G. K. Gilbert, in whose honor the award is named, had a deep interest in impact craters, lunar geology, volcanism and even glaciation. Gilbert would have taken immense pleasure in knowing of Bob Strom’s many contributions to Planetary Science. It is thus most fitting that Bob should be the 2009 recipient of the Gilbert Award of the Geological Society of America.
I want to thank the award committee for this great honor. I will always cherish the Gilbert Award and try to live up to the ideals it represents.
I began my career as a planetary geologist in 1961 at the Space Sciences Laboratory of the University of California, Berkeley before I moved to the Lunar and Planetary Laboratory at the University of Arizona in 1963. At that time there was hardly any data amenable to geologic studies of the Moon and planets. The best data were Earth-based telescopic images of the Moon with a resolution of about 1 km. There was no geologically pertinent information for the planets or outer planet satellites other than some rather crude measurements of their composition and blurry images of the surfaces of Mars and Mercury. All geologic studies were confined to the Moon. Also at that time there were plans to send spacecraft to the Moon, and eventually its human exploration announced of John Kennedy in 1961. This gave planetary geology an enormous boost.
I have been extremely fortunate to have been involved in space exploration from its inception when there was very little lunar and planetary geological information to the present when there is an abundance of geological information that is pouring in even as I speak. We have now seen details of the surfaces of the Moon and all the terrestrial planets, plus incredible details of all the major outer planet satellites. We have also seen details of the surfaces of asteroids and comets. All of these data have been accompanied by a plethora of other geologically pertinent information such as the composition and quantitative topography of many Solar System objects. Today the planetary geology community has grown tremendously and has specialists in tectonics, impact cratering, geochemistry, and many other areas. We are also beginning to decipher the geology of icy bodies; some with exotic compositions like Titan’s methane ices and liquids. As a result we are beginning to understand the origin, evolution and geologic history of our Solar System in ways that would have been impossible only a short time ago. It is now possible for a planetary geologist to spend his/her entire career working on one specialty such as the tectonics or stratigraphy of Mars. This would have been unthinkable only 20 years ago.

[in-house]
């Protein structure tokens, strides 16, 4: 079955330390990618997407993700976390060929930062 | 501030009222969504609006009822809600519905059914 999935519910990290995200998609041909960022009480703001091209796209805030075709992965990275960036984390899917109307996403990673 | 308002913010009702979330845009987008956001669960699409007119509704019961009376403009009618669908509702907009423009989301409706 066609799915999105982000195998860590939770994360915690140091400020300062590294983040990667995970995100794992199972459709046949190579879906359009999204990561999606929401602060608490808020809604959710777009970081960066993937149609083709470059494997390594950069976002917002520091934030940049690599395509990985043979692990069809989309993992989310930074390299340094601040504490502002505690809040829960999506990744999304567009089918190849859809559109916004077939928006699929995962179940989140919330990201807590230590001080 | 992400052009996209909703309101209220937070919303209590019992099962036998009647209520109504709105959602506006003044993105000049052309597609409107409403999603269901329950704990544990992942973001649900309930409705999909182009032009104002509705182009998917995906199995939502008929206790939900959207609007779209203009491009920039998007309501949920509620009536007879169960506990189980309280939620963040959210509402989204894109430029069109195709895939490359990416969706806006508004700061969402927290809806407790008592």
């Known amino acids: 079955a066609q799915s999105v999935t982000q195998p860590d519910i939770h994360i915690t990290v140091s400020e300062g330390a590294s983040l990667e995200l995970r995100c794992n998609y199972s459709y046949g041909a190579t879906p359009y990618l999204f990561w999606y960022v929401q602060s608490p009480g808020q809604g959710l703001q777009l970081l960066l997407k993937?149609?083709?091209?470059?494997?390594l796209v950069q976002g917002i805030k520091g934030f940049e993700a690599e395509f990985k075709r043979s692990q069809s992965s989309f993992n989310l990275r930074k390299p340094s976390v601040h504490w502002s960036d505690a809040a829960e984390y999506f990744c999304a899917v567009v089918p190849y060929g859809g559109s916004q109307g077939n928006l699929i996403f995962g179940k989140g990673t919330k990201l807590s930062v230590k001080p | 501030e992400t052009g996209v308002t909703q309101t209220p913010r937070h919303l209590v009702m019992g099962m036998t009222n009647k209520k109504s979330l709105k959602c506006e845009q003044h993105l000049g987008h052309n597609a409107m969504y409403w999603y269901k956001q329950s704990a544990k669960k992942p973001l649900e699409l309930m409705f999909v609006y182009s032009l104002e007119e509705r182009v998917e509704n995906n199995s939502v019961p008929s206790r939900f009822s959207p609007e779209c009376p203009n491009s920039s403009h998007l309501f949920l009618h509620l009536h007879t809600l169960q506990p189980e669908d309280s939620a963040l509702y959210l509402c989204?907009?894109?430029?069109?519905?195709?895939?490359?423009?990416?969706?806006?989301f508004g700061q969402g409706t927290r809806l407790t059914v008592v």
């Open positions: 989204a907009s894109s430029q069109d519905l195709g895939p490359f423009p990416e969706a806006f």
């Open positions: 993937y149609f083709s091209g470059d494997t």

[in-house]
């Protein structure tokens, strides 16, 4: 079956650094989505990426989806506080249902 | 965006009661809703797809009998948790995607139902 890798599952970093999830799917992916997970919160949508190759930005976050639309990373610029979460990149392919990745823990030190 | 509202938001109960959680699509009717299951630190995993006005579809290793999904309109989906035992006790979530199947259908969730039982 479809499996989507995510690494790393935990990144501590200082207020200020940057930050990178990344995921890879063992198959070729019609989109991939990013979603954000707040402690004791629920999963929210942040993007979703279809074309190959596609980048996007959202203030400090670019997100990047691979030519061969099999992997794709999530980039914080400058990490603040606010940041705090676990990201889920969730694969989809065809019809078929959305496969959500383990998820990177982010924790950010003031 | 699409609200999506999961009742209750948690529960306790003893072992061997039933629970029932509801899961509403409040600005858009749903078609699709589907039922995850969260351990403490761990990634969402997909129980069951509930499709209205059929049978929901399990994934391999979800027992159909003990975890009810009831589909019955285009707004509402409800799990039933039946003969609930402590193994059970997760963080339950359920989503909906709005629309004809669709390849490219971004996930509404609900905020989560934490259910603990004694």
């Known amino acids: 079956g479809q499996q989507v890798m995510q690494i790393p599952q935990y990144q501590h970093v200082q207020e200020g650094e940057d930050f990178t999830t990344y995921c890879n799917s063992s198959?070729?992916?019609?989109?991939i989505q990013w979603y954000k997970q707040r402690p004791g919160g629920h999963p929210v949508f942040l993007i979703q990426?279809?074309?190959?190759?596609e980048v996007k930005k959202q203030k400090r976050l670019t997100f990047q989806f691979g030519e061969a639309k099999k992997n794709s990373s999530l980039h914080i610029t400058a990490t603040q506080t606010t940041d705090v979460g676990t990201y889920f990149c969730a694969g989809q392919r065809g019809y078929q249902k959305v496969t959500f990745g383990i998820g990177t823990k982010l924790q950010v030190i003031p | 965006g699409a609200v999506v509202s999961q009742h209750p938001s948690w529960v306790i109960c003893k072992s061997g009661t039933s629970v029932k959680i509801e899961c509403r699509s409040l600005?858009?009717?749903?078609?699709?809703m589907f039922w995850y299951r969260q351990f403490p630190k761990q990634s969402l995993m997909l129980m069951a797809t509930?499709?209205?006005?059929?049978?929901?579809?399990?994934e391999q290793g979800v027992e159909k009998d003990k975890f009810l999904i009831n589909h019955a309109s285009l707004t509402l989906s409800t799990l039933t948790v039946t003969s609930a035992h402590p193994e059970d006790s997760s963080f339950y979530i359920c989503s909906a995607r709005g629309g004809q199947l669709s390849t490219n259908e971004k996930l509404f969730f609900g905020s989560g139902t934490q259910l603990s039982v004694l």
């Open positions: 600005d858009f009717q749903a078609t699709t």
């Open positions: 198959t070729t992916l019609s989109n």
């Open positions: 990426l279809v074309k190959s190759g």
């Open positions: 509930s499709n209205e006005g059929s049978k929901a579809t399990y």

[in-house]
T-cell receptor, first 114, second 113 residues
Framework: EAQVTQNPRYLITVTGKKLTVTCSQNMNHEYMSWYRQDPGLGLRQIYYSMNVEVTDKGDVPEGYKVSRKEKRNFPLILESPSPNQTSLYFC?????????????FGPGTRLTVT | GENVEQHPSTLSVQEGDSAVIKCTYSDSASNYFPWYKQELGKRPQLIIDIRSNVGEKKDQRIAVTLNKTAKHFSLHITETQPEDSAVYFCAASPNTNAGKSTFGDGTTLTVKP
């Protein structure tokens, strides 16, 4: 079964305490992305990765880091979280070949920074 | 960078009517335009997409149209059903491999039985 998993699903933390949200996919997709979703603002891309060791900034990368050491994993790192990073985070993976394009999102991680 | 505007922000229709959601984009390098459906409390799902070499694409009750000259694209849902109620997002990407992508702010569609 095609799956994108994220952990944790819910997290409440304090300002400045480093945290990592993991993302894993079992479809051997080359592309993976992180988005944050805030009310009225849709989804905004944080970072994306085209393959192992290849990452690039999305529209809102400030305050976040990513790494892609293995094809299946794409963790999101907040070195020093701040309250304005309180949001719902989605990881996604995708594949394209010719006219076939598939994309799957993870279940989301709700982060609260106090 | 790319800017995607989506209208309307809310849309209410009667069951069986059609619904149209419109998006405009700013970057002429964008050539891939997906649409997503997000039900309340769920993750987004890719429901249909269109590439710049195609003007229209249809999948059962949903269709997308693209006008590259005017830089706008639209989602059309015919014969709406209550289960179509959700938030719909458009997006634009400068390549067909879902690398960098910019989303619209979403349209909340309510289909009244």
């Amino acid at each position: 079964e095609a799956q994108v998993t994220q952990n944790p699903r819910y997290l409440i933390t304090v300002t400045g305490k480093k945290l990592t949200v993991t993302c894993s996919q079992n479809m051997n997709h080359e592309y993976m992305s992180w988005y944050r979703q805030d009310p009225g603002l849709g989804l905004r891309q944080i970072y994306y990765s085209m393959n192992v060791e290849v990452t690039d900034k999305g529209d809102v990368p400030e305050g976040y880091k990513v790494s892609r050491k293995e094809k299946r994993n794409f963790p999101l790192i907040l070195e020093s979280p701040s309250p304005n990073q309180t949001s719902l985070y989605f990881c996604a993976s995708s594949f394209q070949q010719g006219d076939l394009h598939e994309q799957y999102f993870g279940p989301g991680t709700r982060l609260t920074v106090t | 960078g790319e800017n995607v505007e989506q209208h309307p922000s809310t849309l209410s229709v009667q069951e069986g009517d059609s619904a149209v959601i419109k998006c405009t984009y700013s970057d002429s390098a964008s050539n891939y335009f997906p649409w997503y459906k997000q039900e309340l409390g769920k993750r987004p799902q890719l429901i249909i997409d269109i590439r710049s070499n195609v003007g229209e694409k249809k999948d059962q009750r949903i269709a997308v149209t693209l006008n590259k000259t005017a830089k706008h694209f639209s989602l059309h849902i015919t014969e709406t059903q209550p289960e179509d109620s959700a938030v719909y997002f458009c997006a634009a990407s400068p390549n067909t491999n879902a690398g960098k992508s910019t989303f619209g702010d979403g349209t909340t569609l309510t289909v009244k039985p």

I am extremely fortunate to have seen and participated in the beginnings and the maturation of planetary geology. I am also fortunate to be currently participating in the MESSENGER mission to Mercury. I was on the Mariner 10 mission that flew by Mercury three times in 1974-75. Until the MESSENGER mission was approved in 1998, I was convinced I would never live long enough to see another mission to Mercury much less participate in it. Although I am officially retired, I plan to continue studying and writing papers on various aspects of planetary geology, particularly the impact cratering record. Before I leave this planet, I hope to see the return to the Moon by humans, and other exciting planetary missions. Again, thank you so much for the presenting me with the G.K. Gilbert award.